Today we’ll look at Select Medical Holdings Corporation (NYSE:SEM) and reflect on its potential as an investment. Specifically, we’ll consider its Return On Capital Employed (ROCE), since that will give us an insight into how efficiently the business can generate profits from the capital it requires.
Firstly, we’ll go over how we calculate ROCE. Then we’ll compare its ROCE to similar companies. Last but not least, we’ll look at what impact its current liabilities have on its ROCE.
What is Return On Capital Employed (ROCE)?
ROCE measures the ‘return’ (pre-tax profit) a company generates from capital employed in its business. Generally speaking a higher ROCE is better. Overall, it is a valuable metric that has its flaws. Author Edwin Whiting says to be careful when comparing the ROCE of different businesses, since ‘No two businesses are exactly alike.’
So, How Do We Calculate ROCE?
The formula for calculating the return on capital employed is:
Return on Capital Employed = Earnings Before Interest and Tax (EBIT) ÷ (Total Assets – Current Liabilities)
Or for Select Medical Holdings:
0.078 = US$359m ÷ (US$6.0b – US$685m) (Based on the trailing twelve months to September 2018.)
Therefore, Select Medical Holdings has an ROCE of 7.8%.
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Is Select Medical Holdings’s ROCE Good?
ROCE is commonly used for comparing the performance of similar businesses. Using our data, Select Medical Holdings’s ROCE appears to be significantly below the 13% average in the Healthcare industry. This performance could be negative if sustained, as it suggests the business may underperform its industry. Aside from the industry comparison, Select Medical Holdings’s ROCE is mediocre in absolute terms, considering the risk of investing in stocks versus the safety of a bank account. It is possible that there are more rewarding investments out there.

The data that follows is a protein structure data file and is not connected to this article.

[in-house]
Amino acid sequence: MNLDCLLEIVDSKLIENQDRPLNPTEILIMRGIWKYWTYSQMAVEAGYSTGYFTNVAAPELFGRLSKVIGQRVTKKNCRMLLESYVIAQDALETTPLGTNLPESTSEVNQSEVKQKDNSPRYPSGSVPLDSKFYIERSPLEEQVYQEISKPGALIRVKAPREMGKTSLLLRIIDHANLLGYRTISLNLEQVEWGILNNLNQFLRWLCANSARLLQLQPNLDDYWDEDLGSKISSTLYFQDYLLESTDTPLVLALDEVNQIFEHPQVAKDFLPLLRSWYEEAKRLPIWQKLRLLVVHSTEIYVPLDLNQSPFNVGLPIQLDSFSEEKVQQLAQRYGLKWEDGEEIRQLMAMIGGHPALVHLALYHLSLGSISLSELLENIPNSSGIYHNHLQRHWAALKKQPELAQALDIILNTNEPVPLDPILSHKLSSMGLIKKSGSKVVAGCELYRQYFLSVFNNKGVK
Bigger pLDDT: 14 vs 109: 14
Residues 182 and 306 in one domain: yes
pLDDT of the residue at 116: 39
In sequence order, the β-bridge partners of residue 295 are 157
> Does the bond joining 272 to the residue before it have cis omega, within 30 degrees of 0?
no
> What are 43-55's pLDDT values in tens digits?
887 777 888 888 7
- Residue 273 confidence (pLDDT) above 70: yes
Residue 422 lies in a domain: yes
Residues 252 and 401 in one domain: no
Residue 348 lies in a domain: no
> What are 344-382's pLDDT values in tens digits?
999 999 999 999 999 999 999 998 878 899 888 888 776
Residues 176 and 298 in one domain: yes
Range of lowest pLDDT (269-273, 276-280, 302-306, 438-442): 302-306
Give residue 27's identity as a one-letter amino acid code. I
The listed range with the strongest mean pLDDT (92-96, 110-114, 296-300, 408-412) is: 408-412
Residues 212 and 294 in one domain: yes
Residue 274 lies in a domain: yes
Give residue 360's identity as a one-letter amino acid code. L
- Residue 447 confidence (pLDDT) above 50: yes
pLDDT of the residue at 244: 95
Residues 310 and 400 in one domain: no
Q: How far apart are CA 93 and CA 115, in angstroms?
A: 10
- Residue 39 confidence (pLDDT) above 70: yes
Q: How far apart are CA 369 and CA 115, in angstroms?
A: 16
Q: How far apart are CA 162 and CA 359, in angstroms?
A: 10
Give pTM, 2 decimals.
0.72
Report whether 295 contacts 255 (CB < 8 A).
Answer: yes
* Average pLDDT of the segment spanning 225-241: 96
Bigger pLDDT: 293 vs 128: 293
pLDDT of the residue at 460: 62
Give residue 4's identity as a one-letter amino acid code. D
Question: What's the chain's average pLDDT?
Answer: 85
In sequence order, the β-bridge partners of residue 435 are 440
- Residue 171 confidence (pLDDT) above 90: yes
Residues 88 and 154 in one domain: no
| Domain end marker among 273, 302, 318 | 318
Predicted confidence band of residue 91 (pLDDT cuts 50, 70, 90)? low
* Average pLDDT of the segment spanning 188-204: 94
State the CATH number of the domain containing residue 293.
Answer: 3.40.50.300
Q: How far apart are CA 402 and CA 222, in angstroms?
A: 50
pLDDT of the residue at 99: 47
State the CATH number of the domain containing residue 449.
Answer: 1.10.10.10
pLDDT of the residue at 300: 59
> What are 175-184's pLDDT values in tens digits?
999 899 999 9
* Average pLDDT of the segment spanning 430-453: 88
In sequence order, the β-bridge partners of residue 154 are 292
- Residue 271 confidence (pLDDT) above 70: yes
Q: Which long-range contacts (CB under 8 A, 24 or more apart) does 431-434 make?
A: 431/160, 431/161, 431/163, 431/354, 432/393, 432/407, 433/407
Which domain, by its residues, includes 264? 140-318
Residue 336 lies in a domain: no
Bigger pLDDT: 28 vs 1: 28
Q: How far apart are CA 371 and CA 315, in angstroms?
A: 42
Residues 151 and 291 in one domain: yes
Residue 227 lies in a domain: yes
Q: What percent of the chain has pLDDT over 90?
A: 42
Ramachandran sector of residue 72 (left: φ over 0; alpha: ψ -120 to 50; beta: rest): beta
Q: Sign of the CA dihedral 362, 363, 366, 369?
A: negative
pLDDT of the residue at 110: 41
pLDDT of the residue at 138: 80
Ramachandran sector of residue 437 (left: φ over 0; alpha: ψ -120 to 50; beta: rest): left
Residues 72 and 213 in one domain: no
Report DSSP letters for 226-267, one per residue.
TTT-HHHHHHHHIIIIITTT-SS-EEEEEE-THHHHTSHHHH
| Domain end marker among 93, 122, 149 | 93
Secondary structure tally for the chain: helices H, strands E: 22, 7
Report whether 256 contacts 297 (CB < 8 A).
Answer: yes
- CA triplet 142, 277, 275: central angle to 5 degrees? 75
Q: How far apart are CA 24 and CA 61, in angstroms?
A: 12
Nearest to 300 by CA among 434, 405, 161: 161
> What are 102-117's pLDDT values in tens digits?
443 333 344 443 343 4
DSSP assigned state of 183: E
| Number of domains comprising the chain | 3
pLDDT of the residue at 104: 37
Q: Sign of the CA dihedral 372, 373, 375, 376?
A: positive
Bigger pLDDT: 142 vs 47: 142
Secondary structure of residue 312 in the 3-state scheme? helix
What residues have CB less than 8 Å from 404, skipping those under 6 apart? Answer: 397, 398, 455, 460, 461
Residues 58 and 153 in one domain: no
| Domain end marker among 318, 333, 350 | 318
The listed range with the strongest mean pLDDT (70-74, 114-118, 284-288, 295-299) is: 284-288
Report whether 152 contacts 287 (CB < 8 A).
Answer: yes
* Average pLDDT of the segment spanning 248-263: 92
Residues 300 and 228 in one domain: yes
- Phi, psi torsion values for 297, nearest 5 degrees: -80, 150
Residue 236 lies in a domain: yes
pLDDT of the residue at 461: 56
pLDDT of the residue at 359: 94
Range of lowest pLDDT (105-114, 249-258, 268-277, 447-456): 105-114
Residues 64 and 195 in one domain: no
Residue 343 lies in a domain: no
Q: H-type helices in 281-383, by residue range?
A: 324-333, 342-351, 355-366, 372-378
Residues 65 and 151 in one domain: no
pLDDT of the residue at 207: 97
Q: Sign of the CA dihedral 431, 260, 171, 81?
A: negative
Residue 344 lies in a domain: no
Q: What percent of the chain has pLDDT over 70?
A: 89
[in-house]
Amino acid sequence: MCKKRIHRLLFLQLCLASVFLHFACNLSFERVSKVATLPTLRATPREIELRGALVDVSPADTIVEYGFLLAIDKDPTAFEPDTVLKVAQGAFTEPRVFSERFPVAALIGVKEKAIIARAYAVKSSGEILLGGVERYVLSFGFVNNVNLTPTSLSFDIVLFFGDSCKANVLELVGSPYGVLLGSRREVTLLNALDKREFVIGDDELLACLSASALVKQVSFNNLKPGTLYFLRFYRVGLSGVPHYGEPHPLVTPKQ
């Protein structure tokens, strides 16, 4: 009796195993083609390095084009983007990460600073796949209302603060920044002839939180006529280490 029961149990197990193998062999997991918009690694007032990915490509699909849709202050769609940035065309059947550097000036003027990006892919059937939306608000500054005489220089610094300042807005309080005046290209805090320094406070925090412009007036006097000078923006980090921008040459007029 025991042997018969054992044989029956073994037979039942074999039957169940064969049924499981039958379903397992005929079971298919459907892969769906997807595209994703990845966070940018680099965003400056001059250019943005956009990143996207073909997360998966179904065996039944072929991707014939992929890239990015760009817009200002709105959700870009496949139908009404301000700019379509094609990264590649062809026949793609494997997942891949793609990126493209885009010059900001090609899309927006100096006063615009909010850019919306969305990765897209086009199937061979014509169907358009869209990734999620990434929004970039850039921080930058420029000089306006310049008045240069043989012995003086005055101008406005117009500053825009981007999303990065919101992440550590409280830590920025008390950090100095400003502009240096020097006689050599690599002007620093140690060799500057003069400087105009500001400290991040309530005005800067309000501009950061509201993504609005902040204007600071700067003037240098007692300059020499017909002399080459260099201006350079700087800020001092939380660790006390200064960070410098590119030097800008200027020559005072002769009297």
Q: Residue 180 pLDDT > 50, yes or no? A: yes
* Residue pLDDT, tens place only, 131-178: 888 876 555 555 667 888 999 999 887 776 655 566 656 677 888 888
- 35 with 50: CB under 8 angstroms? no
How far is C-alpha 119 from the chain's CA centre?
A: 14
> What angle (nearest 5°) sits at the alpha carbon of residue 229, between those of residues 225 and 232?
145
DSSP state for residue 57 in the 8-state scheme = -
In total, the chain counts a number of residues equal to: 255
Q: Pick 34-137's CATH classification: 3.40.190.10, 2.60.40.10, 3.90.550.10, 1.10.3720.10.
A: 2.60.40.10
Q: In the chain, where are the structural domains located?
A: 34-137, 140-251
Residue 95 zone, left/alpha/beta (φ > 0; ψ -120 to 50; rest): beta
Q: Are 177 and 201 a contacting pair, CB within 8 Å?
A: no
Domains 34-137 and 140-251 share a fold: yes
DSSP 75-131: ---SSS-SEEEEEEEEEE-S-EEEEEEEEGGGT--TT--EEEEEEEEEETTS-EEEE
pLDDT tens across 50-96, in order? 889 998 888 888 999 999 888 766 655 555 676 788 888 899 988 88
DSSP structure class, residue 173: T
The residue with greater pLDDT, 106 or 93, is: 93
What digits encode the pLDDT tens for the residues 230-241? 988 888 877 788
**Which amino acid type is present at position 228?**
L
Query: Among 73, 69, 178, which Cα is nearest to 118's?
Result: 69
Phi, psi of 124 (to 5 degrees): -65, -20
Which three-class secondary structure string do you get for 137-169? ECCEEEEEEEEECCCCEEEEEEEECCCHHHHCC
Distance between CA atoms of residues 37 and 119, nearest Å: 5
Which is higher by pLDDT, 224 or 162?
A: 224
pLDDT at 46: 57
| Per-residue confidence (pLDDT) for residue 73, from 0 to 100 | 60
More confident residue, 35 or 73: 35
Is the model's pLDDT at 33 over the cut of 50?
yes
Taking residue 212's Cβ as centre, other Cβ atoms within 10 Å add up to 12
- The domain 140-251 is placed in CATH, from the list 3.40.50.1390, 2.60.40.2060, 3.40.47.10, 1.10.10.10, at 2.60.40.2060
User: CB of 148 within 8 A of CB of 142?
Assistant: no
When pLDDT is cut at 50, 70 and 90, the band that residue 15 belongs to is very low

When considering ROCE, bear in mind that it reflects the past and does not necessarily predict the future. ROCE can be misleading for companies in cyclical industries, with returns looking impressive during the boom times, but very weak during the busts. ROCE is only a point-in-time measure. Since the future is so important for investors, you should check out our free report on analyst forecasts for Select Medical Holdings.
What Are Current Liabilities, And How Do They Affect Select Medical Holdings’s ROCE?
Short term (or current) liabilities, are things like supplier invoices, overdrafts, or tax bills that need to be paid within 12 months. Due to the way ROCE is calculated, a high level of current liabilities makes a company look as though it has less capital employed, and thus can (sometimes unfairly) boost the ROCE. To counteract this, we check if a company has high current liabilities, relative to its total assets.
Select Medical Holdings has total liabilities of US$685m and total assets of US$6.0b. Therefore its current liabilities are equivalent to approximately 11% of its total assets. It is good to see a restrained amount of current liabilities, as this limits the effect on ROCE.
Our Take On Select Medical Holdings’s ROCE
If Select Medical Holdings continues to earn an uninspiring ROCE, there may be better places to invest. Of course, you might find a fantastic investment by looking at a few good candidates. So take a peek at this free list of companies with modest (or no) debt, trading on a P/E below 20.
I will like Select Medical Holdings better if I see some big insider buys. While we wait, check out this free list of growing companies with considerable, recent, insider buying.
To help readers see past the short term volatility of the financial market, we aim to bring you a long-term focused research analysis purely driven by fundamental data. Note that our analysis does not factor in the latest price-sensitive company announcements.
The author is an independent contributor and at the time of publication had no position in the stocks mentioned. For errors that warrant correction please contact the editor at firstname.lastname@example.org.